When I was thinking about Ducks, Newburyport, I also happened to be reading Octavia E. Butler’s 1987 novel Dawn. Dawn is about a woman, Lilith, who wakes up on a living spaceship, having been taken off-world after a nuclear holocaust by a group of three-gendered aliens who have a biological imperative to repopulate the Earth. Amazingly, the novel soon becomes a kind of freaky HR drama when the aliens, as if they recognise Lilith as a trademark Butlerian pragmatist, recruit her to help them decide on the order in which the other frozen humans should wake, given their variance in skillsets, general willingness to believe they’re in space, and potential comfort with the big catch in the aliens’ plan to breed with the humans and merge their species.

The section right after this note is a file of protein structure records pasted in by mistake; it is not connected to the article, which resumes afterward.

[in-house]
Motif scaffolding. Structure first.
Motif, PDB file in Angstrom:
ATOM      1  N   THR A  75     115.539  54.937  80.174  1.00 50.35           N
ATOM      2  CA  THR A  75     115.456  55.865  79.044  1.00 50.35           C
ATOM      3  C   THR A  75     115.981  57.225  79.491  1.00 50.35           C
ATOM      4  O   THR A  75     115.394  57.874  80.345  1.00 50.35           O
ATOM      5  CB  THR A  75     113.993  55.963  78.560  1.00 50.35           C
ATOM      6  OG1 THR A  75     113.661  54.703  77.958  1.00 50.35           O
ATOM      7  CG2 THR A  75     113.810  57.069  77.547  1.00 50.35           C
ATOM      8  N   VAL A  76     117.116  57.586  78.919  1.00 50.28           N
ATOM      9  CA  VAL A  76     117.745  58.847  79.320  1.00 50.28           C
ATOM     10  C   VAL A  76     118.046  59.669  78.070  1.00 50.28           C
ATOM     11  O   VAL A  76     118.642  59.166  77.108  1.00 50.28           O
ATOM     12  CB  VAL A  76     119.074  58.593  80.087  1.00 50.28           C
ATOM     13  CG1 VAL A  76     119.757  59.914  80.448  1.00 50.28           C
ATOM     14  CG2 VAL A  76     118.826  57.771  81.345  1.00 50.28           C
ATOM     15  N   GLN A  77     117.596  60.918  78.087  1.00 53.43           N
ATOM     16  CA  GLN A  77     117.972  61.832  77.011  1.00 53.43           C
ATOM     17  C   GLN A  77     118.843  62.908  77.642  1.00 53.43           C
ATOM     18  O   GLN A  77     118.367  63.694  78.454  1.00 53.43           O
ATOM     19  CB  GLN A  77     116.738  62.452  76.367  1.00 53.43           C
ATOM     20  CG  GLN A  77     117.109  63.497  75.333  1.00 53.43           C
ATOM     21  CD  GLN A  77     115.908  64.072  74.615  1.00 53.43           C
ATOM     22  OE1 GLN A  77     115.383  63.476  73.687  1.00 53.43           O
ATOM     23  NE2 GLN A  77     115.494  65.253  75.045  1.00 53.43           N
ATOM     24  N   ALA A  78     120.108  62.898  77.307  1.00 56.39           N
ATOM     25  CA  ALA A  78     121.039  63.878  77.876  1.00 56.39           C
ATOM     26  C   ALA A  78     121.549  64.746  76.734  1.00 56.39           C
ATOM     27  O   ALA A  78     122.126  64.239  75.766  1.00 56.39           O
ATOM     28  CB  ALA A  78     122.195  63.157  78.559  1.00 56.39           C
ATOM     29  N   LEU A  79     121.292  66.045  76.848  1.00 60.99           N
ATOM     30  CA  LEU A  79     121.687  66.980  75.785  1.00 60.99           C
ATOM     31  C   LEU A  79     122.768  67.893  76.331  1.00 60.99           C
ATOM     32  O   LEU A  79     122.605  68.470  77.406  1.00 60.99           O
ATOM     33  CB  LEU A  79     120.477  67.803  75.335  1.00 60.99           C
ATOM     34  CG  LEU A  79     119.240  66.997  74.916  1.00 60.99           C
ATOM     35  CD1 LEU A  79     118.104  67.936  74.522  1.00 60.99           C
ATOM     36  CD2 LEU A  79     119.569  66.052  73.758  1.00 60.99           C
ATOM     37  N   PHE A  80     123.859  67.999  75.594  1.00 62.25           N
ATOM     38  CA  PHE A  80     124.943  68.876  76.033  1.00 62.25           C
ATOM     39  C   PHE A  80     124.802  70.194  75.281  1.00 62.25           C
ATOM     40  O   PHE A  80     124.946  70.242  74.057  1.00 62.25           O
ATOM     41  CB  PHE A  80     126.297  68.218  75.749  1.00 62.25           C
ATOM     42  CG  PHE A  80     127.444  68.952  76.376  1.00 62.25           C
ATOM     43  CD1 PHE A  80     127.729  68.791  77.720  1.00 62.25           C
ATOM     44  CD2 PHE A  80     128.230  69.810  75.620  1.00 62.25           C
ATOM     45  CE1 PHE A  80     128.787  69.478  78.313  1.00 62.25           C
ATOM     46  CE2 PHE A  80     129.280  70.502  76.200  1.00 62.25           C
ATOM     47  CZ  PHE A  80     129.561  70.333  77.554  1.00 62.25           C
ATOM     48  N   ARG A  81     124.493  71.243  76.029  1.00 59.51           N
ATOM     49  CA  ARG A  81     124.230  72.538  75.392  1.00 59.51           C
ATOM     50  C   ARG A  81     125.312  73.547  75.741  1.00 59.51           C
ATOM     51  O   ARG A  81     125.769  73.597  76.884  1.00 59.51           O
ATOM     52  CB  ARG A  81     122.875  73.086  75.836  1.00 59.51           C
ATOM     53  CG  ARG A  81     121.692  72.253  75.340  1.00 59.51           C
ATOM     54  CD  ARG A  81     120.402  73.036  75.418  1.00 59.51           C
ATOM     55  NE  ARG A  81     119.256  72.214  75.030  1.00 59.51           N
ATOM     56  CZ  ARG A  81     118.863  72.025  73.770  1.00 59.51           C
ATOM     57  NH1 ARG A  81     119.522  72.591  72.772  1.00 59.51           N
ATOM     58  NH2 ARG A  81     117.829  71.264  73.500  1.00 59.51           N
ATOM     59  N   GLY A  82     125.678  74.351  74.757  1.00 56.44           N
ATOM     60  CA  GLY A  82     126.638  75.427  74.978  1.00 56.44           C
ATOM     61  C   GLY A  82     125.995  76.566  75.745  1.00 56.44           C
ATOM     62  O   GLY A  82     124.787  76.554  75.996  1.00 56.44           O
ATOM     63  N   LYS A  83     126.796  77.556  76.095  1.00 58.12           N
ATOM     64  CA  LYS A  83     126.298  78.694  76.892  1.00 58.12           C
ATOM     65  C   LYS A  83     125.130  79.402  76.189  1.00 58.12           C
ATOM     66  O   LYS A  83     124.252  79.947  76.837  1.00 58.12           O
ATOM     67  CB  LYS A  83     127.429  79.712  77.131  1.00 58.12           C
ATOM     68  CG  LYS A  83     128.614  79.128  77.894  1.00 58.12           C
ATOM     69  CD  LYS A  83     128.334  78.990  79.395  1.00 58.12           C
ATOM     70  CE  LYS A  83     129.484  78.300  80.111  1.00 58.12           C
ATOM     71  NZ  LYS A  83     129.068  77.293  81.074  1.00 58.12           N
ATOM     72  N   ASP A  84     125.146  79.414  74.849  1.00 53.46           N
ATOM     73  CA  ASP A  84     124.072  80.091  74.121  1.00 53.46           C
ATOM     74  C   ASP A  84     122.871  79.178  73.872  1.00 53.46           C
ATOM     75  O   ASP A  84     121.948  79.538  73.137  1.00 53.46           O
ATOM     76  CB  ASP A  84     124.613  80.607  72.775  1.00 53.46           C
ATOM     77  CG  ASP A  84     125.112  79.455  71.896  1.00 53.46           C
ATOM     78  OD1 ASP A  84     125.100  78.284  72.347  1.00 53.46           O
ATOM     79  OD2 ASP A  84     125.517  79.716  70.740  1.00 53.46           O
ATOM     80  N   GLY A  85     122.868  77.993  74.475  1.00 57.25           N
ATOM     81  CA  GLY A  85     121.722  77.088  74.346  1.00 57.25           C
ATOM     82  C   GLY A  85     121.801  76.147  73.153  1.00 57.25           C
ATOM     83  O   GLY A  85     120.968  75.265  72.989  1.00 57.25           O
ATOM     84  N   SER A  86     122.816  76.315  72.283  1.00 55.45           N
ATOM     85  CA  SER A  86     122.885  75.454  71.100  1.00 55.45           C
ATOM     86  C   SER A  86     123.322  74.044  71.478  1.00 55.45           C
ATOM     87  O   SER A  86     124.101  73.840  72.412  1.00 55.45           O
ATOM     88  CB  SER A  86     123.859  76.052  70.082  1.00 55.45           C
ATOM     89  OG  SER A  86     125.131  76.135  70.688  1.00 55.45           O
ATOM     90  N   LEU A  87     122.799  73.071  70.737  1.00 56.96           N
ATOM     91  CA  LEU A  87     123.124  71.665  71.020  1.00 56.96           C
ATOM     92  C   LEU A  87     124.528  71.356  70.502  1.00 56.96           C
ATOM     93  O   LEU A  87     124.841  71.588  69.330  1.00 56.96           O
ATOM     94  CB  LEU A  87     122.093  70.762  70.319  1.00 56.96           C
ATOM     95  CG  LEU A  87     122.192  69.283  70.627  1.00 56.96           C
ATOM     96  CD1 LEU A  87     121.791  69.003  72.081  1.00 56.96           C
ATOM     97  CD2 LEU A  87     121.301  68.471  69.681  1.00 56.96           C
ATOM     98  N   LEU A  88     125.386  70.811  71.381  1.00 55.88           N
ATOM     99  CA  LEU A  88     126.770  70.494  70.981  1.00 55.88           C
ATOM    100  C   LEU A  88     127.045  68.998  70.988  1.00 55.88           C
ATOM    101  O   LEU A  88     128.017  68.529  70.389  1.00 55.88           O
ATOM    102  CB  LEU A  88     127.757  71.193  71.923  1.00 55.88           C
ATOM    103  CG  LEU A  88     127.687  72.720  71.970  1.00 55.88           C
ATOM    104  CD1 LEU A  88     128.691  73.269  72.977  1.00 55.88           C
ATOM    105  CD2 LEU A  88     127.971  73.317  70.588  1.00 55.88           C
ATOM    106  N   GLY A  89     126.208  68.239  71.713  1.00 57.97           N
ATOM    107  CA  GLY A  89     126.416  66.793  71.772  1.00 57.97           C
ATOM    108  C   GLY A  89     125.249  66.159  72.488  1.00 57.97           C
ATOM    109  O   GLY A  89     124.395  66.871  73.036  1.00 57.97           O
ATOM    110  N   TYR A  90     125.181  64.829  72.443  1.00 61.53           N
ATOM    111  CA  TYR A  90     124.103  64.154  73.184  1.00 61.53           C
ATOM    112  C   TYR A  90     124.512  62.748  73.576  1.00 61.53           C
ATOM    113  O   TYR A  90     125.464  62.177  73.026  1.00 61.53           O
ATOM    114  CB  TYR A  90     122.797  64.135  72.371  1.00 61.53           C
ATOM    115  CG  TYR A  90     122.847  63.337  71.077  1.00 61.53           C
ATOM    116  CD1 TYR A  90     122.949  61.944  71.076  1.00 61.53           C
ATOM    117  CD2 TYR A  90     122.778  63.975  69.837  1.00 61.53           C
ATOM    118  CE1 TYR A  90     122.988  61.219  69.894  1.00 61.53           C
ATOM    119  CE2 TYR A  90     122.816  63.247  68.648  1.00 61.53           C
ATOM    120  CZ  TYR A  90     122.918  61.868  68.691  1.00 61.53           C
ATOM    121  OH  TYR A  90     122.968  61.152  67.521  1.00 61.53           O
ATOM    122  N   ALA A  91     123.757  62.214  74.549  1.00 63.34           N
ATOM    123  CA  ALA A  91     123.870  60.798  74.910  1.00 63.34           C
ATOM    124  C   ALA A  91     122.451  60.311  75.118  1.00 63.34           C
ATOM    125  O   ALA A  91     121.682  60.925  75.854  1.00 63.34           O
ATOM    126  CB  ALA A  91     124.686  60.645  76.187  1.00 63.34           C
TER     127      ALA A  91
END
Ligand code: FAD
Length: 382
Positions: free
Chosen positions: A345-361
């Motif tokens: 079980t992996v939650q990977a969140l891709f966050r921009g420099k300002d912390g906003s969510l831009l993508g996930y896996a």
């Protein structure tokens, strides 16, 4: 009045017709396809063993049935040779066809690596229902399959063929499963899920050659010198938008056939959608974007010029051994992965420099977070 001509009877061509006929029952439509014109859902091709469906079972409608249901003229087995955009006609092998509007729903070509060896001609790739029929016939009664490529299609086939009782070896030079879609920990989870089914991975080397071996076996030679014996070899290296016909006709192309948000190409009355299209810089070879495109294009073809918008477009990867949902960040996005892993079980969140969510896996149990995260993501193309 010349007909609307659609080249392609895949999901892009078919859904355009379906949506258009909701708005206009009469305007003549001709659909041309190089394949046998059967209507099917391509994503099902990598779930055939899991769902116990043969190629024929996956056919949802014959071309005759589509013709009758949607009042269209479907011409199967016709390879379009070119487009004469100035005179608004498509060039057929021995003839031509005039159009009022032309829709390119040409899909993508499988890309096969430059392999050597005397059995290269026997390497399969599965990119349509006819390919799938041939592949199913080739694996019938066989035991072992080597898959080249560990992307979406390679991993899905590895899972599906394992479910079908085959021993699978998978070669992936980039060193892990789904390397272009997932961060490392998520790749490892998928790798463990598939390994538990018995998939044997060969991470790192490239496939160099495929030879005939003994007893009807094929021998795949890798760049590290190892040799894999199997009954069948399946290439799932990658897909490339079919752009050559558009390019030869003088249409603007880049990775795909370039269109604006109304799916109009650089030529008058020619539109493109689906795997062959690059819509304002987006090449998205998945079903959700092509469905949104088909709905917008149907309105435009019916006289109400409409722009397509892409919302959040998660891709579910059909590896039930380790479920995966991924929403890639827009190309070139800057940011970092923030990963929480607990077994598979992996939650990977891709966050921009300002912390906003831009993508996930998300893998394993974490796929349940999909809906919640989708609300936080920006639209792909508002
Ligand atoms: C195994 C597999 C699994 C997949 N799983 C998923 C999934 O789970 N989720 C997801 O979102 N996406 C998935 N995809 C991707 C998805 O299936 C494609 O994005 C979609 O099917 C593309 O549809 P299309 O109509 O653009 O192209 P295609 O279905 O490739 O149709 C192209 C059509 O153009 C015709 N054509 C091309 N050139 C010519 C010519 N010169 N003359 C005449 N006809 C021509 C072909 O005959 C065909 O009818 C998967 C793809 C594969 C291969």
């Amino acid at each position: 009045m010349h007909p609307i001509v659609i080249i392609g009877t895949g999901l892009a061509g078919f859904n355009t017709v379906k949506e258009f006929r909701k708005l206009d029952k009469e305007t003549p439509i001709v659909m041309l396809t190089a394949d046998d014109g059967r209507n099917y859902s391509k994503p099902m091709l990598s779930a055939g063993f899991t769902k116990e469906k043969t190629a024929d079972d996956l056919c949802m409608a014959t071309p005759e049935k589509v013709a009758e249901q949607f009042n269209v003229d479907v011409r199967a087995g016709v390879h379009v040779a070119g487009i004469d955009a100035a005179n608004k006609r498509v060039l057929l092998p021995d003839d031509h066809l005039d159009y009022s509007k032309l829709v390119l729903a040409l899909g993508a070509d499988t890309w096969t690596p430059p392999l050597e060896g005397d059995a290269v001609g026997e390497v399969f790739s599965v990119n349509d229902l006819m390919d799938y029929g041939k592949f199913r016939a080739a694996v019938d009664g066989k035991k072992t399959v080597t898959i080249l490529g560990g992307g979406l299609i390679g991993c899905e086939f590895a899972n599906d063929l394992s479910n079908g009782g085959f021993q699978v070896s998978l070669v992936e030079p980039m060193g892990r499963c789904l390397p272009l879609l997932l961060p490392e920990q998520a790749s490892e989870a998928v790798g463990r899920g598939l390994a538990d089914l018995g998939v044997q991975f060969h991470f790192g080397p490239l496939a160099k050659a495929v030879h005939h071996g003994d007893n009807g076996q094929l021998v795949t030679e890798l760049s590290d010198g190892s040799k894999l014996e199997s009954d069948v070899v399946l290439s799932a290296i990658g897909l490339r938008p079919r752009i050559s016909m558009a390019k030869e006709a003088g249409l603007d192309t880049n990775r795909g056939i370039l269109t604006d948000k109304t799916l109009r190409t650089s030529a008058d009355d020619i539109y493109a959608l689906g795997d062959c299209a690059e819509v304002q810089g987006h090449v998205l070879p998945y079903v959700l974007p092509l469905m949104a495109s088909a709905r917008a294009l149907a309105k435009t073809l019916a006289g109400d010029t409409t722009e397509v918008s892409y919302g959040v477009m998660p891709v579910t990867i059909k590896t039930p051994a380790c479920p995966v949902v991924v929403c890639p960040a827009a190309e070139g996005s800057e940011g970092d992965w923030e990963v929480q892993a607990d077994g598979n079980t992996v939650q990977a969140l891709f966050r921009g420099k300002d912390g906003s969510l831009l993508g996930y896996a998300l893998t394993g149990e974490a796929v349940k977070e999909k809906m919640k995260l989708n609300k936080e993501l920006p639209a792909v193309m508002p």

As in other Butler novels, the relationship between vehicle (aliens) and tenor (slavery) is all the more resonant for only rarely being explicated through narration or dialogue; instead, the plot is played ‘straight’ and tends briefly to roam into unexpected corners of its own implication, before just as quickly wandering back into the main allegorical strait. In one scene, Lilith is taken from her quarters in the living ship by the child-alien she is supposed to be bonding with and (it seems) shown off to other child-aliens, who can’t communicate with Lilith and may not have ever met a human. There’s a scary moment when the alien-children surround and overwhelm Lilith, both intensely excited by her and totally oblivious to her needs. ‘She discovered she was trembling and took deep breaths to relax herself. How was a pet supposed to feel? How did zoo animals feel?’ On reflection, she wonders if she better belongs to other analogous categories of the nonhuman: ‘Experimental animal, parent to domestic animals? Or… nearly extinct animal, part of a captive breeding program?’